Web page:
Murderers fall into three categories as near as I can tell: Those who murder as a result of their insanity; those who murder in a fit of passion; and those who are fully sane, knowing precisely what they’re up to, and in the coldest and most dispassionate frame of mind, plot and scheme and murder believing they can get away with it.
None of these killers is deterred by the death penalty.
Crazy people don’t think ahead to the consequences of their deadly acts. Instead they listen to the voices. They remove the tin foil from their bonnets just long enough to tune in to the vibes of the “insider” who pinpoints their enemies. They are not discouraged by a chamber or a chair out of their radar’s range.
A fit of passion might seize an otherwise sane person. Perhaps, in a moment of extreme stress, he explodes outside his own control. That may be temporary insanity, (see above), or it may be rage at the overwhelming machine that controls him.
We can speculate as to the sources of this rage, but no matter; he is not, in that white-hot moment, dissuaded by a rational thought of what will happen to him if he kills. Engulfed by an incomprehensible internal firestorm, he lashes out and murders. The death penalty is impotent in that moment.
Finally, we have the calculating killer. Too smart. Smarter, at least in his own estimation, than all those around him. Smarter, so he believes, better prepared, and more thorough than law enforcement, stealthier than forensic science. Morals are no issue for this mind. His goal to free himself of a perceived hindrance drives him. He will not be entangled by any legal means of achieving his goal as this could deprive him of his possessions. Think Scott Peterson.
No penalty will deter such a person, one who believes himself invincible and superior to all.
Enter our economic recession and California Assemblyperson Loni Hancock with a proposal to scrap the death penalty. It’s accompanied by the not-so-new news that in California we can save $184 million dollars a year, a year!, by replacing death penalty sentences with life-with-no-chance-of-parole sentences. Presumably the numbers are similar in other death penalty states.
I’ve never seen an item-by-item break down explaining why it’s so much more expensive to house a death penalty inmate than a life-without-parole inmate, though I’m sure someone somewhere could explain it to someone else’s satisfaction. Is his cell more secure? Doubtful. Were there competitive bids? That seems doubtful too.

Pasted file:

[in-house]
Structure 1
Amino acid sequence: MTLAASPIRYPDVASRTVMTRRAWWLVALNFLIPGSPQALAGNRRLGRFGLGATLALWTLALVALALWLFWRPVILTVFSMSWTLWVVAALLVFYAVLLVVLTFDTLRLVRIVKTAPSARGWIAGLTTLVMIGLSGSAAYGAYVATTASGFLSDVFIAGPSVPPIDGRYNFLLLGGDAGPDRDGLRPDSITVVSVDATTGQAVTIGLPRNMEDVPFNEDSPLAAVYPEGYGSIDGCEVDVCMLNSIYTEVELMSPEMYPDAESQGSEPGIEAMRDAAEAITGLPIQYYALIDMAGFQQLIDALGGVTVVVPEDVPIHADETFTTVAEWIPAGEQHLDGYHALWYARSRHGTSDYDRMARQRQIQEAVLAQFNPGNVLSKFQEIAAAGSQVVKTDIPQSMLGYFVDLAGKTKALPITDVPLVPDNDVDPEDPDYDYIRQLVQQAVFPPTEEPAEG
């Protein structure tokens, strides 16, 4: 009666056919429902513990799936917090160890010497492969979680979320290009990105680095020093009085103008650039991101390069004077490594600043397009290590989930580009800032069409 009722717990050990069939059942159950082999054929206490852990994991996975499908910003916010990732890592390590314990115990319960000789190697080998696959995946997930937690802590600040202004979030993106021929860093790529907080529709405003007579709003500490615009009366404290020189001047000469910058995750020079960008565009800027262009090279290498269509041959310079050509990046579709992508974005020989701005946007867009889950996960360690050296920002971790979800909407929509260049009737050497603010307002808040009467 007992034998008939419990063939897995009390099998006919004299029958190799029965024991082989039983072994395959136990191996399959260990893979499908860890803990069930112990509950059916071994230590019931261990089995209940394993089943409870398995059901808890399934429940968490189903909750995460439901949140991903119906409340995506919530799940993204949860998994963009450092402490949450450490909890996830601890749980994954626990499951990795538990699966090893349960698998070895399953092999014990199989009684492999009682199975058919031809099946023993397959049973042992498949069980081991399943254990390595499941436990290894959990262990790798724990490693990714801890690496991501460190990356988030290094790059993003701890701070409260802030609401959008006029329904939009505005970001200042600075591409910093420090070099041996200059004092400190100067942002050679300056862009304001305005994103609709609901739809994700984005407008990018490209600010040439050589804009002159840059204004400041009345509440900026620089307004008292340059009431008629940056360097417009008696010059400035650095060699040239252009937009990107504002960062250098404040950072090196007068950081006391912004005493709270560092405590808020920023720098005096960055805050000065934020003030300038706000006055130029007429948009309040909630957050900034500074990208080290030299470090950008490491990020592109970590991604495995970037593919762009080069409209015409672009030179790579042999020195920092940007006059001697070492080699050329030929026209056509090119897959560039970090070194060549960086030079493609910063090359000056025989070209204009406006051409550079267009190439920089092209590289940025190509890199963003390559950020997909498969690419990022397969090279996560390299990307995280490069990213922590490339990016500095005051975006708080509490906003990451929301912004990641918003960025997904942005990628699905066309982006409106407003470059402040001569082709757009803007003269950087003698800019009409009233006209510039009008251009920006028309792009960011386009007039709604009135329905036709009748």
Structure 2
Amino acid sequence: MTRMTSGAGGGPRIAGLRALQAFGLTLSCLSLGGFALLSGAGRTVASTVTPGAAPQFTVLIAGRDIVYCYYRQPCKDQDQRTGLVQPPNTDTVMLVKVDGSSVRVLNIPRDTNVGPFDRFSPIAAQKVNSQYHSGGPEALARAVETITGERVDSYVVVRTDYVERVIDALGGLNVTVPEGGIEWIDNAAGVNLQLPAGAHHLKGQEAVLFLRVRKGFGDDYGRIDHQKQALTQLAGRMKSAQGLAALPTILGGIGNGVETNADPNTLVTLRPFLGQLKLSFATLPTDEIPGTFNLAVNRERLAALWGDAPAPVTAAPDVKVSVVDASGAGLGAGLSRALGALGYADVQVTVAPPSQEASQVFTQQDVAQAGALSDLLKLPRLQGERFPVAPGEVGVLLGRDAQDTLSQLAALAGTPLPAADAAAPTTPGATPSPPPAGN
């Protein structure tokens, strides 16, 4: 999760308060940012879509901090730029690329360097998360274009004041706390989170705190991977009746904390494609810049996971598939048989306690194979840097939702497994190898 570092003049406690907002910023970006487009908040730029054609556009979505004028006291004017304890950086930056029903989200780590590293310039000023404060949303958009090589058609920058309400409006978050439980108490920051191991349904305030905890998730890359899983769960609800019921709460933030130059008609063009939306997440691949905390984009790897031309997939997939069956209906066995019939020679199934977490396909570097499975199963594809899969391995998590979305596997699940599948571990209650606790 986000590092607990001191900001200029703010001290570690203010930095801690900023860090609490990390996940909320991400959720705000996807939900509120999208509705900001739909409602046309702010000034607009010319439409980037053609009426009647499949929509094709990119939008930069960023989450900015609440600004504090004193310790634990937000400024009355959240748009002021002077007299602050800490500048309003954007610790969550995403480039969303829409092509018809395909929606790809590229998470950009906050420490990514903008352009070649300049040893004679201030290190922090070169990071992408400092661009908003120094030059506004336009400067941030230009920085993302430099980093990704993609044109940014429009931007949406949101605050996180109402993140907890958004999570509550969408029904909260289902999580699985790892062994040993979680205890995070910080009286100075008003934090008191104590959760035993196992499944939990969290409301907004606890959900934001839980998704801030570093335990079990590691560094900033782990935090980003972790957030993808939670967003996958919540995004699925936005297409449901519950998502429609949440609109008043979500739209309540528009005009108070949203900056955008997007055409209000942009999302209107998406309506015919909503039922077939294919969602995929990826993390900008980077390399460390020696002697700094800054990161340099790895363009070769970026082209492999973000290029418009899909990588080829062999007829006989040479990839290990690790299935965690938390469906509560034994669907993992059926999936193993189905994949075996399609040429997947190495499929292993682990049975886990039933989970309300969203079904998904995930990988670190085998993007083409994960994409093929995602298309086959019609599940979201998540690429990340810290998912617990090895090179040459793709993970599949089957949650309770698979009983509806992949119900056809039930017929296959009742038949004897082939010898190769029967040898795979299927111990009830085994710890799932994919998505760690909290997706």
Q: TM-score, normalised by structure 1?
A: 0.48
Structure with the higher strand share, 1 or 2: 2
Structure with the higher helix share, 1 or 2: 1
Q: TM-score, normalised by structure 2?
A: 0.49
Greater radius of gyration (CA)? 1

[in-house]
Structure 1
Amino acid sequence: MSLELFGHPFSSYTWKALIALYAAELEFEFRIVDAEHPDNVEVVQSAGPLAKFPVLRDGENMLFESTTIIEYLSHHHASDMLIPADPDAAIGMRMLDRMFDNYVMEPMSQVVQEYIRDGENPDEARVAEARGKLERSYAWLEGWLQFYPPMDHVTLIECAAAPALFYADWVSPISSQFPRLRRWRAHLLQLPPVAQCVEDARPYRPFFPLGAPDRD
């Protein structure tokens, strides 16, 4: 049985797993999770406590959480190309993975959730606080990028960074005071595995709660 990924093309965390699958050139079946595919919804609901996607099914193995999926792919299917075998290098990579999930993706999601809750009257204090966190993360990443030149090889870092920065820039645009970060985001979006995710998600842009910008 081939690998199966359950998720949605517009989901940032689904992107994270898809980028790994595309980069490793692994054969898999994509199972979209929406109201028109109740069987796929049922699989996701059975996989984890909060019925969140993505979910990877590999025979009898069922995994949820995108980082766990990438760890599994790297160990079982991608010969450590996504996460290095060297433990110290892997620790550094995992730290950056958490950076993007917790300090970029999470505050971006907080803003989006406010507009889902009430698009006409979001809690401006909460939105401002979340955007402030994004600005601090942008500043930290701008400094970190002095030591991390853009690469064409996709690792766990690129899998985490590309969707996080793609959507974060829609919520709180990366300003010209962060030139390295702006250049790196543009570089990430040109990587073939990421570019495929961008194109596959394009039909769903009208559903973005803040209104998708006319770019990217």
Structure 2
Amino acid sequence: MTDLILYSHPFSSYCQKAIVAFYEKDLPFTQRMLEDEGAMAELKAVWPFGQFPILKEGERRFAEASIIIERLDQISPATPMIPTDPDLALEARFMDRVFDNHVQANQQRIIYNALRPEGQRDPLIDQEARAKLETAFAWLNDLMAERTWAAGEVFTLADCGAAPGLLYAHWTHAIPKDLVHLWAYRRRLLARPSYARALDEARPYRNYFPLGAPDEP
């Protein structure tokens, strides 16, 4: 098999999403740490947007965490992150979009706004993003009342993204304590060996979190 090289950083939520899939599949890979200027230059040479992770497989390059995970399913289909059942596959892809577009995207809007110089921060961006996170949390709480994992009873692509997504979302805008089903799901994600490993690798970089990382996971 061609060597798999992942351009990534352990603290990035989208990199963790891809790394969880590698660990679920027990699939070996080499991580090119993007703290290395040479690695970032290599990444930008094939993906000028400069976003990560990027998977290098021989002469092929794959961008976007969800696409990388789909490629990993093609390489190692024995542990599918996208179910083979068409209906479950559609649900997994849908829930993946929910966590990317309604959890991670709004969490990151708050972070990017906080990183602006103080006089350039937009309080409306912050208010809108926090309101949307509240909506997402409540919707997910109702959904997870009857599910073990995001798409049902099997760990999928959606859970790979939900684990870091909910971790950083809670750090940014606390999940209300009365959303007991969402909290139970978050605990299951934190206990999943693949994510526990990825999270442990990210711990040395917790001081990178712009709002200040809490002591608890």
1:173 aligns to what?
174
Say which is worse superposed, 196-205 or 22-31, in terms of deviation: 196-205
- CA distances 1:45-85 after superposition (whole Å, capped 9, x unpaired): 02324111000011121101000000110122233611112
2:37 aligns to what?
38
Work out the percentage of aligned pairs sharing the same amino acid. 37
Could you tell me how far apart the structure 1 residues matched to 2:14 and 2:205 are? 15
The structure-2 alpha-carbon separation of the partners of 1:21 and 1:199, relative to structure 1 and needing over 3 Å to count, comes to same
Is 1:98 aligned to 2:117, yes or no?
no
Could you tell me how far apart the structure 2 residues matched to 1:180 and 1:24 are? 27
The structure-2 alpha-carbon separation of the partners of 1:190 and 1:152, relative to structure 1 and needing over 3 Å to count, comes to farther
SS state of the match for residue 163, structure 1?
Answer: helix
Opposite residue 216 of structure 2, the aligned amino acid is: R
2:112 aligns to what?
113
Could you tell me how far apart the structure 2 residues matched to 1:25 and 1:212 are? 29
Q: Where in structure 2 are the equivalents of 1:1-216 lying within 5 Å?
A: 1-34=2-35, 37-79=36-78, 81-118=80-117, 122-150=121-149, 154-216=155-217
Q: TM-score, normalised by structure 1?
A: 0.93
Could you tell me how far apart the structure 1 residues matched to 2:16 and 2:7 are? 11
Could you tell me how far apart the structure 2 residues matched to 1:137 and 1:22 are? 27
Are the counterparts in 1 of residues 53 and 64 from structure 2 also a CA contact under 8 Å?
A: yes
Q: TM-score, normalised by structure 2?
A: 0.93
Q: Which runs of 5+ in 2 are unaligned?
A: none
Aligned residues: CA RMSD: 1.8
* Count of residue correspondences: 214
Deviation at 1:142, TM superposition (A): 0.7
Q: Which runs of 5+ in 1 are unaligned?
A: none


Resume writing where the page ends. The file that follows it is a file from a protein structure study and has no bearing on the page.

Nevertheless, if we accept the statement of potential savings, and the failure of the death penalty to deter murderers, we face a challenge to our system and our sensibilities.
Include the fact that since 1978, fully thirty-three years ago, we have executed only 13 inmates. Seven hundred more remain on death row. I don’t know the average age of a murderer, but an actuarial table might suggest that the death penalty equates to life without parole in about 98% of the cases. At $184 million, those 700 are housed at nearly $263K per year each.
Could it be that delays in carrying out the death penalty figure into the twisted mindset of a potential murderer? Evil people think in evil ways. Maybe they figure, “Why not? They’ll never get around to killing me anyway.”
But before we dispose of the needle, we must address the need for retribution. Death penalty laws, at least in part, grew out of the human impulse toward revenge. Murderers kill and in turn should be killed.
We relate to the outrage of Mark Klaas speaking about the man who raped and killed his daughter, whom we all anguished for, Polly. “He was sentenced to die according to California law. And now someone has drafted a law to spare his life!?”
Could you be satisfied with a solid life sentence in such a case? How about for $184 million?
If $184 million funneled away from death row inmates every year, and instead went into our schools and our infrastructure every year, could we bear knowing that those killers lived on for all their days in fear and degradation in the cold gray hellholes we’ve built for them?
What is the price of retribution? What is its value?
Can we set aside revenge? It’s cheaper to “care for” a murderer than it is to kill him --- maybe more cost effective for our souls too.
Or we can all go broke and blind.